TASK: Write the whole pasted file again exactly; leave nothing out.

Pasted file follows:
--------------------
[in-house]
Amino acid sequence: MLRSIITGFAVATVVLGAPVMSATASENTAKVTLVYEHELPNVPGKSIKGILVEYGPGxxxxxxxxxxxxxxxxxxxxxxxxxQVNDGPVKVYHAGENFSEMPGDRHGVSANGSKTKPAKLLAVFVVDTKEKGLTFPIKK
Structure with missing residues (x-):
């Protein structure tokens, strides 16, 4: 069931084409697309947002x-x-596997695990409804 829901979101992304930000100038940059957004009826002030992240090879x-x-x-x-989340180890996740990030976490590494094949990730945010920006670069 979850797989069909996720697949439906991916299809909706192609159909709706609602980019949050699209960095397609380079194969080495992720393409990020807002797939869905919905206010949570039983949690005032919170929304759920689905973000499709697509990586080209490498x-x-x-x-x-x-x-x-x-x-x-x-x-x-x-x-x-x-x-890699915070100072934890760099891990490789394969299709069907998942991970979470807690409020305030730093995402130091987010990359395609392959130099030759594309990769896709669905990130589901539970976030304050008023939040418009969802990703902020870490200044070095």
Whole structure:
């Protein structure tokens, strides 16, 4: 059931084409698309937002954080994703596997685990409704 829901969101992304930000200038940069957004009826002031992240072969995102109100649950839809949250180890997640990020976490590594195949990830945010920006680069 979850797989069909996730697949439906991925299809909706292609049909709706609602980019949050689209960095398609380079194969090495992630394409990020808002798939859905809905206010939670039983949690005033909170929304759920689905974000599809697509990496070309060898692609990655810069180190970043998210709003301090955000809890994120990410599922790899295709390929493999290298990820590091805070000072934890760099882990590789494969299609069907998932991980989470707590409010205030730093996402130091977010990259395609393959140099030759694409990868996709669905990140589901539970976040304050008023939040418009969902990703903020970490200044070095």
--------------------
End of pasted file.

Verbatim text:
[in-house]
Amino acid sequence: MLRSIITGFAVATVVLGAPVMSATASENTAKVTLVYEHELPNVPGKSIKGILVEYGPGxxxxxxxxxxxxxxxxxxxxxxxxxQVNDGPVKVYHAGENFSEMPGDRHGVSANGSKTKPAKLLAVFVVDTKEKGLTFPIKK
Structure with missing residues (x-):
């Protein structure tokens, strides 16, 4: 069931084409697309947002x-x-596997695990409804 829901979101992304930000100038940059957004009826002030992240090879x-x-x-x-989340180890996740990030976490590494094949990730945010920006670069 979850797989069909996720697949439906991916299809909706192609159909709706609602980019949050699209960095397609380079194969080495992720393409990020807002797939869905919905206010949570039983949690005032919170929304759920689905973000499709697509990586080209490498x-x-x-x-x-x-x-x-x-x-x-x-x-x-x-x-x-x-x-890699915070100072934890760099891990490789394969299709069907998942991970979470807690409020305030730093995402130091987010990359395609392959130099030759594309990769896709669905990130589901539970976030304050008023939040418009969802990703902020870490200044070095």
Whole structure:
């Protein structure tokens, strides 16, 4: 059931084409698309937002954080994703596997685990409704 829901969101992304930000200038940069957004009826002031992240072969995102109100649950839809949250180890997640990020976490590594195949990830945010920006680069 979850797989069909996730697949439906991925299809909706292609049909709706609602980019949050689209960095398609380079194969090495992630394409990020808002798939859905809905206010939670039983949690005033909170929304759920689905974000599809697509990496070309060898692609990655810069180190970043998210709003301090955000809890994120990410599922790899295709390929493999290298990820590091805070000072934890760099882990590789494969299609069907998932991980989470707590409010205030730093996402130091977010990259395609393959140099030759694409990868996709669905990140589901539970976040304050008023939040418009969902990703903020970490200044070095």